Prof. Ross Brann, Near Eastern studies, led a talk on Thursday, Nov. 16 about the history and recent occurrence of discrimination and racism towards Jewish and Muslim individuals on college campuses and around the world. The event attracted approximately 25 in-person attendees to Alice Statler Auditorium and more than 1,700 viewers online.
The event was sponsored by the Office of the Provost and the College of Arts and Sciences and organized by the departments of Near Eastern studies, Jewish studies, comparative Muslim studies, Religious studies, history and anthropology.
President Martha Pollack began the event by acknowledging the increase in hateful expression on college campuses since the Israel-Hamas war broke out on Oct. 7.
“Over the past five and a half weeks, around the nation and around the world, there has been a dramatic increase in the number of hate crimes and expressions of hate, especially antisemitism and Islamophobia,” Pollack said. “It’s disheartening and frightening, and it demands that we step up and act to condemn and counter all forms of hate.”
Cornell has experienced increased division since the start of the war. On Oct. 15, Prof. Russell Rickford, history, called Hamas’s initial attack on Israel “exhilarating” and “energizing,” leading to instances of both support for and opposition against Rickford. On Oct. 25, anti-Zionist and anti-Israel graffiti messages were sprayed across campus. On Oct. 29, Patrick Dai ’24 anonymously posted antisemitic threats that gained national attention and an investigation conducted by the FBI.
The talk — and the events that led up to it — occurred during the University’s year dedicated to the theme of Freedom of Expression. In response to Rickford’s comments, Pollack made a speech on Nov. 8 reiterating the importance of a commitment to free speech. At the Nov. 16 event, Pollack emphasized turning to experts during times of such contention.
“As a community of scholars, a critical part of [fighting against antisemitism and Islamophobia] is turning to our scholarship, using rigorous and principled analyses of the forces that cause hate and the steps that can mostly effectively counter it,” Pollack said.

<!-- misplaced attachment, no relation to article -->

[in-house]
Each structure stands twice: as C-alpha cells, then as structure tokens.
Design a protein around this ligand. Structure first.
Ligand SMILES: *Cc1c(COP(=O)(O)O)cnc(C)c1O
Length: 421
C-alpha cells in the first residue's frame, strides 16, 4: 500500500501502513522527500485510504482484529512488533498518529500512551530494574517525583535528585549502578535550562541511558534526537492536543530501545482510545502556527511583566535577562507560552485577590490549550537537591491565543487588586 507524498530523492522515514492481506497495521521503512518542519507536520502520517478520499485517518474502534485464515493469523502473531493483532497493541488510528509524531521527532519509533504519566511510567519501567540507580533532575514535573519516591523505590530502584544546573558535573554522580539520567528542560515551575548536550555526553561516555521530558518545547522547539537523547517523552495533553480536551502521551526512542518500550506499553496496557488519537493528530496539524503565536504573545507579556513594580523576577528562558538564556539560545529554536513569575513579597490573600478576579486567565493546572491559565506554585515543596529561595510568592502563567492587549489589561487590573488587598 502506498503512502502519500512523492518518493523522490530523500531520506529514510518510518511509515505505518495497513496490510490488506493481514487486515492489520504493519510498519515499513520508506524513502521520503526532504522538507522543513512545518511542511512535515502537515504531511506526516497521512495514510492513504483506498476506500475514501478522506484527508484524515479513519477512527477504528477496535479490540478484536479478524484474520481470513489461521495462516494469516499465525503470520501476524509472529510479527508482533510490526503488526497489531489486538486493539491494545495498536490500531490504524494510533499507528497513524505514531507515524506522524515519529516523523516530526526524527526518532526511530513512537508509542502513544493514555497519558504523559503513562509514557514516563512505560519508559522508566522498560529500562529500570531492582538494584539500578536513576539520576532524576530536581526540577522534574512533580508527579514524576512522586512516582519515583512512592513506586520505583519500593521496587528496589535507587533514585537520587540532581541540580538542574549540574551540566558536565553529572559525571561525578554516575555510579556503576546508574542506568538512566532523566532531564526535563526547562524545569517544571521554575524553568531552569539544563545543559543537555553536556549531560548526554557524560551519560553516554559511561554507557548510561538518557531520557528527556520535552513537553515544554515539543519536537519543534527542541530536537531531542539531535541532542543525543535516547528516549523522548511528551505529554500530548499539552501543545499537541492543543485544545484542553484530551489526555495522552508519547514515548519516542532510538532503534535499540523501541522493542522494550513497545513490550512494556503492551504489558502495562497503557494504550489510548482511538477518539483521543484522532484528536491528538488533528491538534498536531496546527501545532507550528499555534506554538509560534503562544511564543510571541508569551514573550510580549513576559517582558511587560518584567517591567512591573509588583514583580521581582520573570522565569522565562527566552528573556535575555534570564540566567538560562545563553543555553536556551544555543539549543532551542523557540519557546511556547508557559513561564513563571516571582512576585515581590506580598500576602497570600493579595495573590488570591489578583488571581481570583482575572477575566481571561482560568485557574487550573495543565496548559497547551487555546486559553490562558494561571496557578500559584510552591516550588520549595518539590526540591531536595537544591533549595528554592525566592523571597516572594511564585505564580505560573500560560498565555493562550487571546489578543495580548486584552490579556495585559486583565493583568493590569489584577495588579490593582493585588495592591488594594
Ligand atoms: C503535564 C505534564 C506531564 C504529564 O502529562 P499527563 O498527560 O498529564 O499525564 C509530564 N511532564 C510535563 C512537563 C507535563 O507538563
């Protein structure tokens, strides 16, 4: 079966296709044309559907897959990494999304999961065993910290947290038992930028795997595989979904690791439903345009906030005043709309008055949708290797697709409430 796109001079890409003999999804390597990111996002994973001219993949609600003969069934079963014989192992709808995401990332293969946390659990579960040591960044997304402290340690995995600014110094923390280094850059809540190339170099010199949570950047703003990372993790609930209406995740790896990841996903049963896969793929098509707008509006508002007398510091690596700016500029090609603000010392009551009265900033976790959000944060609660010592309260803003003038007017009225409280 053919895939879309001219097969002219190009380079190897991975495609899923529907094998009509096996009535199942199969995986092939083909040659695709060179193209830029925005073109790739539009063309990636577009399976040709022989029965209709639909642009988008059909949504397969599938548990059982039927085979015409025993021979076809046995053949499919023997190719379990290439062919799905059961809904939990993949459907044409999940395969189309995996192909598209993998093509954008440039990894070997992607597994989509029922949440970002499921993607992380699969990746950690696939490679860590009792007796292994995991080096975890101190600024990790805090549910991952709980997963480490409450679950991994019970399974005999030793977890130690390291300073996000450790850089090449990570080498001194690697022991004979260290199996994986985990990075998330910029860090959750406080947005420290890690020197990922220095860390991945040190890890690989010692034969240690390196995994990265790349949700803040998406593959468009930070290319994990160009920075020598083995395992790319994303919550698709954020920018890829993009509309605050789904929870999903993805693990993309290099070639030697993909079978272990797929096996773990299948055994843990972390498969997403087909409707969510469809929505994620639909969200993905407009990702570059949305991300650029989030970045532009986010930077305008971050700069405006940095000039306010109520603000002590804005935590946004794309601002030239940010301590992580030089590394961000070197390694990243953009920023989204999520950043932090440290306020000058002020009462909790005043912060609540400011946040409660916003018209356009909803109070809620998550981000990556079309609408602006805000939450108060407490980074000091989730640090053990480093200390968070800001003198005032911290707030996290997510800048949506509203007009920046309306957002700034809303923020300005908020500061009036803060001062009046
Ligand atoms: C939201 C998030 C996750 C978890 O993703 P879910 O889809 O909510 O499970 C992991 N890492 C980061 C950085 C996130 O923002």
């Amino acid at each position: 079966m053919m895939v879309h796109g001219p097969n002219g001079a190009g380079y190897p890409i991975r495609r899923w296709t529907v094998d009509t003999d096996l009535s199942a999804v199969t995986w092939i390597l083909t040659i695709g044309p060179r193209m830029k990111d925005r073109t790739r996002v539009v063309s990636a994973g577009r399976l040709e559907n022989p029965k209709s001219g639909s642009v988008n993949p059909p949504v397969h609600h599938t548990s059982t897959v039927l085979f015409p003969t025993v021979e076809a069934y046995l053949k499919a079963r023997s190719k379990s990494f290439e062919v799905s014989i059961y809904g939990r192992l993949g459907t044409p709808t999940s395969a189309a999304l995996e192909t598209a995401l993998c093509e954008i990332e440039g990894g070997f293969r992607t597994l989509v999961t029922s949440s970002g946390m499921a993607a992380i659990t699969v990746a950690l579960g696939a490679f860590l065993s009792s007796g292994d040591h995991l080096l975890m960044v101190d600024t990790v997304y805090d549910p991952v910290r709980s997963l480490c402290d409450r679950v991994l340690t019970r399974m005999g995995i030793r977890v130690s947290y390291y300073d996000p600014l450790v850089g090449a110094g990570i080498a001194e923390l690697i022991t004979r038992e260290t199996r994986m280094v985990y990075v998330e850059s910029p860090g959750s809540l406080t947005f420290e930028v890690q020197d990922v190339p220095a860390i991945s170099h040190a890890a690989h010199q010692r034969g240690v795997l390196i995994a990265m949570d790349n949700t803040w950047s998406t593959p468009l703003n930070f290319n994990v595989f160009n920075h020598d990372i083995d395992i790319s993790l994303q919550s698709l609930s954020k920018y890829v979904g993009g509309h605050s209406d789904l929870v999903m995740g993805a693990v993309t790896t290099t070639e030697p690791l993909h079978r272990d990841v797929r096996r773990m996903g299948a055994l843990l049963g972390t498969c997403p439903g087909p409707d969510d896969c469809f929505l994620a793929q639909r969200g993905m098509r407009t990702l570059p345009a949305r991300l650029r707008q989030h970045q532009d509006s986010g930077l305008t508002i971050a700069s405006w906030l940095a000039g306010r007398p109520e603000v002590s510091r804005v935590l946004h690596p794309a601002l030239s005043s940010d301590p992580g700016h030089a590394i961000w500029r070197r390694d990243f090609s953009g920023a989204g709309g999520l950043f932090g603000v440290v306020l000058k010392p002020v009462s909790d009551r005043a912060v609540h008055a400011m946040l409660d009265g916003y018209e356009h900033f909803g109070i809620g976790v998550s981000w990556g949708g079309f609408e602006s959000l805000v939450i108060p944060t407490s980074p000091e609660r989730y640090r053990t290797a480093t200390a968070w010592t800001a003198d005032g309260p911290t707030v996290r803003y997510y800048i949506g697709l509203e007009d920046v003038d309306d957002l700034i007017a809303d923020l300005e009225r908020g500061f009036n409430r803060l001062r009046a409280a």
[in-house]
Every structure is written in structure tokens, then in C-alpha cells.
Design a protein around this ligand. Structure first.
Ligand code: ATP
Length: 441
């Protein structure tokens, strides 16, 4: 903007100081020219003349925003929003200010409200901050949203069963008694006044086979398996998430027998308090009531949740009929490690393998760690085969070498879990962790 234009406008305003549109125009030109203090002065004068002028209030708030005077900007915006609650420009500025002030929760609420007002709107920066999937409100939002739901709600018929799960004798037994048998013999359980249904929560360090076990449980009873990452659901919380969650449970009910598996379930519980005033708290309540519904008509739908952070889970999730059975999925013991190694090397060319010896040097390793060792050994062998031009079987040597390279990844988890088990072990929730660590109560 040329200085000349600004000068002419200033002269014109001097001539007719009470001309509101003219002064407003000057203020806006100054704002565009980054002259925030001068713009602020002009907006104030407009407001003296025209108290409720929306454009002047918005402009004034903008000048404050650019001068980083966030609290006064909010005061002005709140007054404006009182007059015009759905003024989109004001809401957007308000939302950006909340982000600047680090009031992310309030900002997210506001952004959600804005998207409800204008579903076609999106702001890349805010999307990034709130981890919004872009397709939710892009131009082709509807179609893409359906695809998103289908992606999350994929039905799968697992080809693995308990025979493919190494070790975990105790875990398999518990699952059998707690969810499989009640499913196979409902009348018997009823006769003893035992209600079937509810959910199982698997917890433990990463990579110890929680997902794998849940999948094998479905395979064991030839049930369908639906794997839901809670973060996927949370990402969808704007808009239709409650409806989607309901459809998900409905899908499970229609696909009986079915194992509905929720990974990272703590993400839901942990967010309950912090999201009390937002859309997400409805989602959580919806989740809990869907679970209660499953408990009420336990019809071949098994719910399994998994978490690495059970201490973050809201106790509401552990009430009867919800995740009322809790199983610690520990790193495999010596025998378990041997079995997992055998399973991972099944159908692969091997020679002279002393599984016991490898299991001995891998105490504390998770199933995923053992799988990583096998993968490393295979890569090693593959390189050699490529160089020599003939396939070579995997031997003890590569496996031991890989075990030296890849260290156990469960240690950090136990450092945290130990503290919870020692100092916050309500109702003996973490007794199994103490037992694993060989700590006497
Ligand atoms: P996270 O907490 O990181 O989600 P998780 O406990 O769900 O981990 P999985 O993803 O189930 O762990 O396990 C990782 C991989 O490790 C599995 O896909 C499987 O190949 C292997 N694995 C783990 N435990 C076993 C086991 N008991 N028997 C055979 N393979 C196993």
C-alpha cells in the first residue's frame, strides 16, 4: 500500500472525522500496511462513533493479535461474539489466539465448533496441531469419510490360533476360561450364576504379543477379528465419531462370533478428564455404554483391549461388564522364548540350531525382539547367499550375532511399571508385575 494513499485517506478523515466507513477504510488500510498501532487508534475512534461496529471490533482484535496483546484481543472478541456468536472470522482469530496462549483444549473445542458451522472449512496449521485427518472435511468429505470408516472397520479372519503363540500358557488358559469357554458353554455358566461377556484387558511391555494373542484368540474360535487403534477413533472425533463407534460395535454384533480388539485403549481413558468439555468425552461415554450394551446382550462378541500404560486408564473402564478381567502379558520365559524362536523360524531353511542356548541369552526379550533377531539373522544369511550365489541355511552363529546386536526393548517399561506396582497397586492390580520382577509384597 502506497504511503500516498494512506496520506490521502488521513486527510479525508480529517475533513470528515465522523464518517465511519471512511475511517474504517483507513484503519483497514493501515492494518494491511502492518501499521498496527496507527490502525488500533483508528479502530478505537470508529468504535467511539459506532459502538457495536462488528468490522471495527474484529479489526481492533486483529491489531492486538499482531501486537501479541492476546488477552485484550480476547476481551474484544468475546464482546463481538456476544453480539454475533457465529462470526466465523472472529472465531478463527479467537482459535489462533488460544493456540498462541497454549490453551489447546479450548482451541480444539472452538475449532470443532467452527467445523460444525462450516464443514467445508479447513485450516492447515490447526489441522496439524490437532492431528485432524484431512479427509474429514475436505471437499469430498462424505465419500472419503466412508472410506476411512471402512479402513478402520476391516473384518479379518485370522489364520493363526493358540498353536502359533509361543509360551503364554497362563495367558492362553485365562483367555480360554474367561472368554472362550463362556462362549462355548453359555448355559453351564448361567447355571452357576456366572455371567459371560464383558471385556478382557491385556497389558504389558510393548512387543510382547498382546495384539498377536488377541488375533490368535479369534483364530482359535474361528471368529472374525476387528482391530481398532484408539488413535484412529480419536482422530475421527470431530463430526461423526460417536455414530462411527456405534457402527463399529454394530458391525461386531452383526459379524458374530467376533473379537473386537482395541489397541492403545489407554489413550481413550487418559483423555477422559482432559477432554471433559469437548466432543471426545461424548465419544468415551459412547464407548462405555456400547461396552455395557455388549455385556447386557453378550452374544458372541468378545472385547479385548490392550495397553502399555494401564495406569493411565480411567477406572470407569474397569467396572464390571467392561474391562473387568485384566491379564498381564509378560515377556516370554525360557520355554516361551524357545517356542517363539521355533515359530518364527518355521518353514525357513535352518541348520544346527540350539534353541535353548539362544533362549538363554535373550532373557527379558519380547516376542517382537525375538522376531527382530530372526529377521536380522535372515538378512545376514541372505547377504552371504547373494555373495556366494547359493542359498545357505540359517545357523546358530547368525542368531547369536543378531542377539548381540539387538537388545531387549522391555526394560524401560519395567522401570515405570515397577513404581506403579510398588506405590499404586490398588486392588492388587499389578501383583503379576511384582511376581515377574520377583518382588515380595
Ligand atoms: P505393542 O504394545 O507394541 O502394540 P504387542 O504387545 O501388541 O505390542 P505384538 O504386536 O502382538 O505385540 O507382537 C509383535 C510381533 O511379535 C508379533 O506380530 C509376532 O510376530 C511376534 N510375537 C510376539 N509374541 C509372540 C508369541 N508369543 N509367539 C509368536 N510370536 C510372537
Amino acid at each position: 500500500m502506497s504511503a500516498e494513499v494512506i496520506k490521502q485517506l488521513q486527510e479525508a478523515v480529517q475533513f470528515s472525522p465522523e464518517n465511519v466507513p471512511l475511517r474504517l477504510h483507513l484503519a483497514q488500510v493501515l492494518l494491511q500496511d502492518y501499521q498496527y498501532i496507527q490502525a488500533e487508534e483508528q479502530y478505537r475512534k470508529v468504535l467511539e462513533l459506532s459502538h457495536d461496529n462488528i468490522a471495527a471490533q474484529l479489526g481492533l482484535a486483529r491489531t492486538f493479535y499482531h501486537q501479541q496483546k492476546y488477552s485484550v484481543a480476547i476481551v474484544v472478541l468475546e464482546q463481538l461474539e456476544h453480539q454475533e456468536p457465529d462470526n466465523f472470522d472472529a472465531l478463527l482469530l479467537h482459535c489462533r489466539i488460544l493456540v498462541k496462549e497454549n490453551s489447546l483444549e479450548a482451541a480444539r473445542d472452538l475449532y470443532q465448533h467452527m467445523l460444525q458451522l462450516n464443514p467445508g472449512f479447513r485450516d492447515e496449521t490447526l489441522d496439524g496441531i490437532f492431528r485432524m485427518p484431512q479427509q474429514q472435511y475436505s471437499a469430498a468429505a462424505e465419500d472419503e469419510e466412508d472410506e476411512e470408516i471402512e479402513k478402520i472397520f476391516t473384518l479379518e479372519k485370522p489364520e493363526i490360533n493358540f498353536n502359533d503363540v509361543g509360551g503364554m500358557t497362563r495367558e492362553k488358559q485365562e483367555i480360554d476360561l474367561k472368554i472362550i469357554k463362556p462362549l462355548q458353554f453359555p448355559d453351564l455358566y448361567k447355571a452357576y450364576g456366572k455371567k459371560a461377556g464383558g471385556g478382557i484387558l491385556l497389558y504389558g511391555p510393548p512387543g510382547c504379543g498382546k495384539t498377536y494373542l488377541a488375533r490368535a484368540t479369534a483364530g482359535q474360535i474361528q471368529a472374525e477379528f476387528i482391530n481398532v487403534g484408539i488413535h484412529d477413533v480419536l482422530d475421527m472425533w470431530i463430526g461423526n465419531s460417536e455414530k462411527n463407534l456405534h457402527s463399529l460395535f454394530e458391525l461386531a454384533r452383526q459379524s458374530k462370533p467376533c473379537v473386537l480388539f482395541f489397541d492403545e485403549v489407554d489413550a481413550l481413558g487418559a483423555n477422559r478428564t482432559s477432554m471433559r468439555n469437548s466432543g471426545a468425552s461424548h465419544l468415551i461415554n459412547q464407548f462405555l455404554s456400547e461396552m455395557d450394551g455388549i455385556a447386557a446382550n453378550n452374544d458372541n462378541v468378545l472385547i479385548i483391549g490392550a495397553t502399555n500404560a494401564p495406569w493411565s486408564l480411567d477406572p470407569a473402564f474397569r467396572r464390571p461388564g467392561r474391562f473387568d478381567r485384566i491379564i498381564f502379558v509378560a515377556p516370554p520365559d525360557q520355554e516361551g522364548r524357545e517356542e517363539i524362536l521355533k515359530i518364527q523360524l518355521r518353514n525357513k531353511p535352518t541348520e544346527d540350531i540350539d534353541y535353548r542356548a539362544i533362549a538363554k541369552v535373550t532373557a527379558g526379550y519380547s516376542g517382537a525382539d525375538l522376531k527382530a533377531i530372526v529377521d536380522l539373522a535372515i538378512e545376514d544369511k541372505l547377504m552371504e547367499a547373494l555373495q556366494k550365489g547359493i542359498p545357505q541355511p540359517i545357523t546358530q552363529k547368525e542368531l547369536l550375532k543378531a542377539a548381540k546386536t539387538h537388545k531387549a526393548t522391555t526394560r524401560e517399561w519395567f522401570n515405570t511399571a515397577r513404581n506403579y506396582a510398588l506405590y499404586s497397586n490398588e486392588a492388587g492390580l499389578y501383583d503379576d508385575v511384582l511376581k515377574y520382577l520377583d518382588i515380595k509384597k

Brann’s lecture focused on identifying past and present antisemitic and Islamophobic tropes and the purposes and power dynamics behind these tropes.
“Today, I am not going to address the horrific events playing out in the Middle East,” Brann said. “Instead, I sense the urgency of a teaching moment. The urgency of a different, albeit related teaching moment, to interrogate two interconnected forms of hate that have sullied our campus, sadly so, and other university communities as an ugly consequence of events in the Middle East.”
Brann has researched and taught about antisemitism and Islamophobia at the University since 1986. In an interview with The Sun, Brann said that he and students and faculty in his department have spoken at public schools and other organizations in the area about antisemitism and Islamophobia.
Brann provided a definition of antisemitism from the Southern Poverty Law Center, explaining that antisemitic hate groups generally support extremist groups that seek to confound Jewish suffering during the Holocaust and vilify Jewish people as “manipulative puppet masters” behind political schemes. Brann also provided a working definition of Islamophobia from the United Nations, defining it as a fear and hatred of Muslims that leads to antagonism and intolerance of Muslims and non-Muslims.
The lecture included several real-world “egregious” examples of hateful attitudes towards both Jewish and Muslim individuals. Brann quoted former U.S. Lieutenant General Michael Flynn’s comment about how Islam is a “malignant cancer.” He also showed a variety of visual examples, including a cartoon that depicted Africa as a Jewish man dumping immigrants into Europe. Brann denounced the hateful rhetoric behind these examples.
“Accordingly, I reject all forms of hate and dehumanization and am inspired by the great James Baldwin’s perspective on racism and its insidious effects,” Brann said.
Brann quoted Baldwin, a 20th century civil rights activist — “‘All racist positions baffle and appall me. None of us are different from one another, neither that much better nor that much worse.’”
Aryaman Thareja ’25 attended the talk and expressed in an interview with The Sun shortly after the event the importance of contextualizing the prejudices Brann discussed.
“At these times, it’s crucial to resist generalizations and encourage an exploration of identity, belief and perspective in an open, discursive manner,” Thareja said. “Talks like this one foster a sense of community, acknowledging our shared humanity as well as our diverse differences.”
Brann told The Sun that he is working with the Office of the Provost to plan a series of talks and events during the spring semester to further educate students about the connections between Islamophobia and antisemitism.
“We’re hoping this will get enough attention to give people some of the analytical tools to understand the importance of language and how people should express themselves on controversial topics,” Brann told The Sun.
Brann emphasized the importance of freedom of expression at Cornell.
“Let us cherish our freedom to think for ourselves, our freedom to speak at Cornell — to speak up and to speak out. To converse, to debate, to argue and to organize,” Brann said. “But, let us do all of those things. Let us speak without hate. Let us frame our positions without recourse to hateful rhetoric.”
Brann ended his lecture with a repeated line — “Cornell University is no place for hate. Cornell University is no place for hate. Cornell University is no place for hate.”
Olivia Holloway ’25 is a Sun contributor and can be reached at [email protected].